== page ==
Thanks to Fit Buff for including this post as part of their Total Mind & Body Fitness Blog Carnival.
Another thank you to Weight Master for including this post as part of their blog carnival.
A patient’s perspective on exercising with CFS is provided at this link from the CFIDS Association and offers some insightful information for everyone who reads it.
The author talks about how to balance the risk of post-exertional malaise against the risk of deconditioning due to lack of exercise. The author, Sabina Miller, states:
Sticking to an exercise program while in the grips of CFS is like walking the proverbial razors edge. Experts agree on two things: (1) dont do too much and (2) dont do too little. Though its ideal to work with a skilled physical therapist, sometimes low energy or strained finances can make this difficult,
if not impossible. And ultimately, what constitutes just right is left up to the sick person. Finding the balance is a moment-to-moment process.
As a CFS patient herself, Sabina knows how exercise induced fatigue really is miserable for CFS patients but she is also aware of how miserable being deconditioned due to lack of exercise feels. That’s where my body has been at lately. Sabina has sought out other forms of exercise that allows her to keep her body moving somehow despite feeling too exhausted to move. She has started practicing Qigong and Feldenkrais by using audiotaped lessons. She says that these lessons helps her to empower herself when she feels too sick to work with a therapist. While she admits that these forms of exercise don’t give her the same benefits as taking a brisk walk, they provide therapeutic benefits in subtle but profound ways.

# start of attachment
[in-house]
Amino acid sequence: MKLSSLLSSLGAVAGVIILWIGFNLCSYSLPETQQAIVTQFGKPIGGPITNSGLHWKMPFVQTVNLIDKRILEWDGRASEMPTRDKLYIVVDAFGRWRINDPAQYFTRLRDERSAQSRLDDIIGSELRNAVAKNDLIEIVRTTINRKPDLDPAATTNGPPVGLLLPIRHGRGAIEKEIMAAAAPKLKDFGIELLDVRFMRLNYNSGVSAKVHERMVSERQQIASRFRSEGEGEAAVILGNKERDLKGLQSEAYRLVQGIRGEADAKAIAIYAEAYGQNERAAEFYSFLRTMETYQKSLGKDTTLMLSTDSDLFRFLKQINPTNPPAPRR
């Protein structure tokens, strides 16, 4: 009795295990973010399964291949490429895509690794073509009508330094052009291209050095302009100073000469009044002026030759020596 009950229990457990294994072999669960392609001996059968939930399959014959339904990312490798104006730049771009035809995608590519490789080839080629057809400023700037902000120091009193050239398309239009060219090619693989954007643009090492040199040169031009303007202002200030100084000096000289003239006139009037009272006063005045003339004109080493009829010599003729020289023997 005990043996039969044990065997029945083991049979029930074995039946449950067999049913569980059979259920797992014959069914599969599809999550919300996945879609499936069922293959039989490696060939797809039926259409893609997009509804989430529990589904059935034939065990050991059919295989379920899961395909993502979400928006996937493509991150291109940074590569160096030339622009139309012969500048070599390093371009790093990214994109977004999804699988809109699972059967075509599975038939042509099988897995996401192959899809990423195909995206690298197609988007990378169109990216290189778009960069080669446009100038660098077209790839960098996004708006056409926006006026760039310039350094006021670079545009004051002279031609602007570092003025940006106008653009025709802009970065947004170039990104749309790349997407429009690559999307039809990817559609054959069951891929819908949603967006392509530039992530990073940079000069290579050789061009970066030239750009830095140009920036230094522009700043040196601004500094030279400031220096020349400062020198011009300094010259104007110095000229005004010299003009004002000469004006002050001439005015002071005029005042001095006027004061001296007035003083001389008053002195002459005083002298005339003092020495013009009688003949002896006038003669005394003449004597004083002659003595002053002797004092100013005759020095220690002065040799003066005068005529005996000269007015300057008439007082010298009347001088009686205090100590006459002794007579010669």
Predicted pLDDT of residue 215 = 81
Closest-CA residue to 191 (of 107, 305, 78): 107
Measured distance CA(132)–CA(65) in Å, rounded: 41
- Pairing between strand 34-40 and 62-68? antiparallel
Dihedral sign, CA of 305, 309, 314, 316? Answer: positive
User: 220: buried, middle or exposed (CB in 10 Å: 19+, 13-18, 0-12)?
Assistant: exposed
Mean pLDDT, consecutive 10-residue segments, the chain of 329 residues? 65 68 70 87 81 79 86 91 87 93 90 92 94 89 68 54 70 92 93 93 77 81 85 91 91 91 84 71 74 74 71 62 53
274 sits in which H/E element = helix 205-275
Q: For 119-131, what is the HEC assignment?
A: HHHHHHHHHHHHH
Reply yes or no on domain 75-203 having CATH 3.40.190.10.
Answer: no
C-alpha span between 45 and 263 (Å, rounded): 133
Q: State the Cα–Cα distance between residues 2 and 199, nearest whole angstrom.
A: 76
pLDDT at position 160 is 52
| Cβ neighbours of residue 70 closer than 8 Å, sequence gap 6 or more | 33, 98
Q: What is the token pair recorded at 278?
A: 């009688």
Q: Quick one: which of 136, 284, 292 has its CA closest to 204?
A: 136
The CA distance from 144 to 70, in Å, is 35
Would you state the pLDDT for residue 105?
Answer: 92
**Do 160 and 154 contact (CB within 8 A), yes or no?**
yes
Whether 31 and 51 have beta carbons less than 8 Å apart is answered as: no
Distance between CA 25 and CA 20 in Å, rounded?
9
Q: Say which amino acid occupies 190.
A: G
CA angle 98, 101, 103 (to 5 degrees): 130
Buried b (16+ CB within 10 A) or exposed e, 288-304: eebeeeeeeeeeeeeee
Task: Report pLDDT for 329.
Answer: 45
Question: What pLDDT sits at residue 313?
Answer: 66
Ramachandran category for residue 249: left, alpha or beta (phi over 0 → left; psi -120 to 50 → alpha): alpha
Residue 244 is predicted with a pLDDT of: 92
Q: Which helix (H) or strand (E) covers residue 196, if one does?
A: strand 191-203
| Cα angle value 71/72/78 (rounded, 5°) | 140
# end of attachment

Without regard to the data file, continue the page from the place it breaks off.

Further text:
Bone breathing is an ancient Chinese healing technique. Its part of the vast series of exercises known as qigong (Chi Gong), loosely translated as energy skills. The practice of qigong has gained recognition from the Western medical community in the past two decades, thanks to a growing body of research dedicated to documenting its therapeutic effects.
This form of mild exercise was developed in the 1940s by Moshe Feldenkrais, a Polish-born Israeli
physicist, engineer and judo master. After suffering a series of knee injuries he applied his knowledge of the physical sciences and martial arts, plus the principles of human development, to the laboratory of his own bodyultimately retraining himself to walk. The culmination of this exploration was a system of gentle exercises that teaches the body to build neuromuscular pathways, in effect expanding its movement vocabulary for greater ease. The lessons last between 25 and 50 minutes, progress slowly, and the practitioner is repeatedly reminded to stay within his or her comfort zone.
To read more of Sabina’s story, click the link below!